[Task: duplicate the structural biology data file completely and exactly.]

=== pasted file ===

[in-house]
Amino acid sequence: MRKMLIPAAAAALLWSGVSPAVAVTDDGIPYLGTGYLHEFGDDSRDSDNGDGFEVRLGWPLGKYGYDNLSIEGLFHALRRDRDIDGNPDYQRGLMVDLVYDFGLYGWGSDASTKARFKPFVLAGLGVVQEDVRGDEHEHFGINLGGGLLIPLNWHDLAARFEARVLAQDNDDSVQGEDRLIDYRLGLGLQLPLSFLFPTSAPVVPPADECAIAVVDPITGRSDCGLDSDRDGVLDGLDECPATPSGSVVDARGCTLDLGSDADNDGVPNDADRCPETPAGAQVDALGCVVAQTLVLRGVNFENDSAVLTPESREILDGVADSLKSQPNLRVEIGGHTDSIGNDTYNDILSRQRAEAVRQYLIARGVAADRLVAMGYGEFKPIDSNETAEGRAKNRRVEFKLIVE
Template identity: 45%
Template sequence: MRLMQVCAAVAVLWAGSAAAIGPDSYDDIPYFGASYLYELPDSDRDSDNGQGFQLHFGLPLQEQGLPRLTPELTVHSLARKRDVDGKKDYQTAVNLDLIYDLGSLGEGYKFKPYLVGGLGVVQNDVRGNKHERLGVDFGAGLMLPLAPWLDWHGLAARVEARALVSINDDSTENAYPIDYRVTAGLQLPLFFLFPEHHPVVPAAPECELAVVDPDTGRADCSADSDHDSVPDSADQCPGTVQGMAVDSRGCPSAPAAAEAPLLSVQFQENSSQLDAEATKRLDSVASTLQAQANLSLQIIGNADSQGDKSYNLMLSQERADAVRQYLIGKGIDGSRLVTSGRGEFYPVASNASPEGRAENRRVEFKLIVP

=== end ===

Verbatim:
[in-house]
Amino acid sequence: MRKMLIPAAAAALLWSGVSPAVAVTDDGIPYLGTGYLHEFGDDSRDSDNGDGFEVRLGWPLGKYGYDNLSIEGLFHALRRDRDIDGNPDYQRGLMVDLVYDFGLYGWGSDASTKARFKPFVLAGLGVVQEDVRGDEHEHFGINLGGGLLIPLNWHDLAARFEARVLAQDNDDSVQGEDRLIDYRLGLGLQLPLSFLFPTSAPVVPPADECAIAVVDPITGRSDCGLDSDRDGVLDGLDECPATPSGSVVDARGCTLDLGSDADNDGVPNDADRCPETPAGAQVDALGCVVAQTLVLRGVNFENDSAVLTPESREILDGVADSLKSQPNLRVEIGGHTDSIGNDTYNDILSRQRAEAVRQYLIARGVAADRLVAMGYGEFKPIDSNETAEGRAKNRRVEFKLIVE
Template identity: 45%
Template sequence: MRLMQVCAAVAVLWAGSAAAIGPDSYDDIPYFGASYLYELPDSDRDSDNGQGFQLHFGLPLQEQGLPRLTPELTVHSLARKRDVDGKKDYQTAVNLDLIYDLGSLGEGYKFKPYLVGGLGVVQNDVRGNKHERLGVDFGAGLMLPLAPWLDWHGLAARVEARALVSINDDSTENAYPIDYRVTAGLQLPLFFLFPEHHPVVPAAPECELAVVDPDTGRADCSADSDHDSVPDSADQCPGTVQGMAVDSRGCPSAPAAAEAPLLSVQFQENSSQLDAEATKRLDSVASTLQAQANLSLQIIGNADSQGDKSYNLMLSQERADAVRQYLIGKGIDGSRLVTSGRGEFYPVASNASPEGRAENRRVEFKLIVP